• Follow proper NBA2K gaming etiquettte I wrote at length about the things you can do in my NBA2K etiquette post to make the game more enjoyable. Most people probably won't even notice you do these things but will notice if you don't.

  • Play man to man defense all the time and nothing else Playing zone gives your opponent something to complain about. Most users won't say it, but they think zone is cheese and if they lose to it, it just gives them something to point to and say well, I would've have won that one if he didn't go zone. Players for some reason like to use zone with the strongest teams in the league and that's even worse in my mind. Others like to go zone periodically just to mix things up but that's basically saying, I cheese a little bit when I need to. You don't need to.

  • Spend 90 percent of your time playing on ball defense While playing off ball is fine when you begin, at some point you need to make the transition to playing on ball defense. On ball man to man defense is respected in the community. Playing off ball is not. Yeah, you'll suck at first playing on ball but you have to learn some time. Might as well start today. It's ok to manually switch periodically to bring help or make an adjustment but move back as soon as you can to the ball.

  • Manually guard the pick and roll In pick and roll situations, manually use the screener's man to hedge if that's what you want to do defensively and then switch back to the ball.

  • Don't press full court Get back on defense and don't press full court. It's annoying to spend 48 minutes breaking a press, no one in the NBA presses full court all game and neither should you.

  • Don't extend your defense Keep your defense either a step outside the three point line or just inside the three point area. Your guy is not going to shoot from half court. No sense guarding him out there. If you see an opportunity to trap in a corner ok, but unless your team is aggressive in real life, keep your defense contained.

  • Lay off the steal button You've all seen the swipers with Chris Paul. Just because you have a guy with a high steal rating doesn't mean you should be out there swatting all of the time.

  • Don't use L1 to double team The use of L1 to double team is the most abused defensive button in the game. You don't have to use it. If you choose to double team, do it by manually bringing the doubler over. CPU double teams are more effective than manual ones. Stick to the manual ones.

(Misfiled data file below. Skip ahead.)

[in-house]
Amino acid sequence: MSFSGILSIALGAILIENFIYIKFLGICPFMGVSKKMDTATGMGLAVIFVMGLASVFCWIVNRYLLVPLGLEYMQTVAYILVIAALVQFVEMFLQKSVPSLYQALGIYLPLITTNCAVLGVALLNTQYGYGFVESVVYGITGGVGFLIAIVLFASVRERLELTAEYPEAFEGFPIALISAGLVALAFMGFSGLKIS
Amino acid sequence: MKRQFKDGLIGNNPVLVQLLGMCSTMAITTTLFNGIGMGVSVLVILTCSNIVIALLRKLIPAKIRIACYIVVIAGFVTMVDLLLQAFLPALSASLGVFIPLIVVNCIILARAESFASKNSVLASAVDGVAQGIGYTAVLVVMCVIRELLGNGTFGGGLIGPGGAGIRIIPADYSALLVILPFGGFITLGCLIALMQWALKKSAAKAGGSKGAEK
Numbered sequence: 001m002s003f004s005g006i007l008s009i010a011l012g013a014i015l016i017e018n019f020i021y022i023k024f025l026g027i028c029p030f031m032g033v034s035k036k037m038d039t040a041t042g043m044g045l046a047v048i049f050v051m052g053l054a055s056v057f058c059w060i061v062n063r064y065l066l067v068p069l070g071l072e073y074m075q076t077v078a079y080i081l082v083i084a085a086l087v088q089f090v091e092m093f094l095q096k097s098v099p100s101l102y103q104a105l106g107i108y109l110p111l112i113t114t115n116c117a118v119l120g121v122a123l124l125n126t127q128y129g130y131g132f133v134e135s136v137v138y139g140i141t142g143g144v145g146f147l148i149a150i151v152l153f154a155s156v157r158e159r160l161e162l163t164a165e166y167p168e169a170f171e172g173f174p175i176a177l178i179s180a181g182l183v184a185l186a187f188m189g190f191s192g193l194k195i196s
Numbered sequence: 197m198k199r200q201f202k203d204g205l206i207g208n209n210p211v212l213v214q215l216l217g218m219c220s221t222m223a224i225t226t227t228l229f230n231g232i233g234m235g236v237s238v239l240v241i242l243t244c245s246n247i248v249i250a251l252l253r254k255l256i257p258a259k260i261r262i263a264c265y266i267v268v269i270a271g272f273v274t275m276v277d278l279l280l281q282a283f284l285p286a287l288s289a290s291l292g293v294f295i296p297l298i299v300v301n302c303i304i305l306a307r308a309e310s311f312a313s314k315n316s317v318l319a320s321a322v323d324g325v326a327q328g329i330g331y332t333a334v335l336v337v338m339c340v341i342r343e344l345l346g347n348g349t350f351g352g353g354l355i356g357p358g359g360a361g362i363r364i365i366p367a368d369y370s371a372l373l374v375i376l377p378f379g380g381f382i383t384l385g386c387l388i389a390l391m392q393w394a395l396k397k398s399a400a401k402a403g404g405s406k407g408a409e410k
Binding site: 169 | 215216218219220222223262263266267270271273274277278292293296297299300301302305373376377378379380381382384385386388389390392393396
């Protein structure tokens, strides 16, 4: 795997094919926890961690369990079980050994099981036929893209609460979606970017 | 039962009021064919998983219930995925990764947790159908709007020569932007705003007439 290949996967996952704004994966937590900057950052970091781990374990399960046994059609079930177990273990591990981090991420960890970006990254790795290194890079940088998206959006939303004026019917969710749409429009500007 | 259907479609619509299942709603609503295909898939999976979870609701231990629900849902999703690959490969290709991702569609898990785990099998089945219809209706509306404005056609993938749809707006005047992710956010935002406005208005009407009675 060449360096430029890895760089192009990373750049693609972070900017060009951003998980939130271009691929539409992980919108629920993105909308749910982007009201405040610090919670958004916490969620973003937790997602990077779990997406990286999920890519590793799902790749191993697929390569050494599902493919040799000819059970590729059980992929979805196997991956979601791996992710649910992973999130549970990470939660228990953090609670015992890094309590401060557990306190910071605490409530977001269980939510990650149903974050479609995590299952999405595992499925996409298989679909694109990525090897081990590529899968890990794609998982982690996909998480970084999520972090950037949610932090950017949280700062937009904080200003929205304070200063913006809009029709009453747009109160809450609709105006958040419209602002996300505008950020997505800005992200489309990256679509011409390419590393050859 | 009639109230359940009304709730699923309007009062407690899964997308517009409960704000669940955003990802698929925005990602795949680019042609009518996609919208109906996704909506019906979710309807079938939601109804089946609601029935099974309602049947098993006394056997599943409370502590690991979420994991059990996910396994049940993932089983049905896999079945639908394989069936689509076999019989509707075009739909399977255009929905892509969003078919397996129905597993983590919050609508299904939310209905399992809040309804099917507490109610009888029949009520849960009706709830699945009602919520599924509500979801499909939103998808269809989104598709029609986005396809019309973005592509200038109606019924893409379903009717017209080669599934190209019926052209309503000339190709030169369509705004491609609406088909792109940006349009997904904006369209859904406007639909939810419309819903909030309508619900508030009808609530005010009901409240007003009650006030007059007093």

• Don't run around taking charges Another quick match habit that you need to get rid of. If a guy runs at the rim, feel free to position yourself in front of the restricted area. Don't attempt to take charges all over the court.

  • Don't inbound the ball from the baseline to half court Keep your point guard near the baseline and inbound the ball there. Don't run all the way to half court and throw a half court pass to inbound the ball unless there isn't much time on the clock.

  • Use timeouts A real game has timeouts. Use them to rest your players and make changes.

  • Layoff turbo and slow down Take your time on offense. Layoff the sprinting around everywhere.

  • Don't zig zag Don't move your guy back and forth and back and forth and back and forth and back and forth until you get open. That's stupid.

  • Don't chuck threes all game Some guys shoot a huge number of threes. Work some ball movement into your offense and remember there are post players in the game and mid range shots. Use them.

  • Don't worry about money plays or exploits Don't search YouTube for exploits or money plays. Every game is different. Nothing will work all of the time against every opponent.

  • Don't try and score all of your points with your star player I have no problem with guys learning to use their players and maxing them out. Once you know what a guy can do, there's no need to score 70 or 80 points with him. Use him to create shots for other people and learn how to dominate with them to.

  • Start running plays from your playbook or freelance motions The game is built with 100s of plays and an elaborate freelance offensive system. Start utilizing it one play at a time. Start with auto plays if you have to then graduate to manual play calling.

  • Use the playbook the team is given You can't take custom playbooks online. Use the one your team is given. The coach is part of the team too just like your players. You should work with the coach you have in real life.

  • Use your bench players In a 48 minute game, start learning how to sub either manually or on auto and using your bench players. Often they provide a spark your starters need.

  • Don't call multiple timeouts so you can keep your starters in Some guys will call multiple timeouts so they can rest their starters. Don't do that.

  • Watch your real life team If you are a true fan of your team, you are probably watching the games anyway. Run the sets they run. Pay attention to the substitution patterns the coaches use. Try and play the way they play in real life. If your team runs in real life and you do it in 2K, you can point to the teams real life play style to support your play. If they pound it inside and you never drop the ball down low, you don't have that evidence behind you. If your team never runs trapping defenses, maybe you shouldn't either.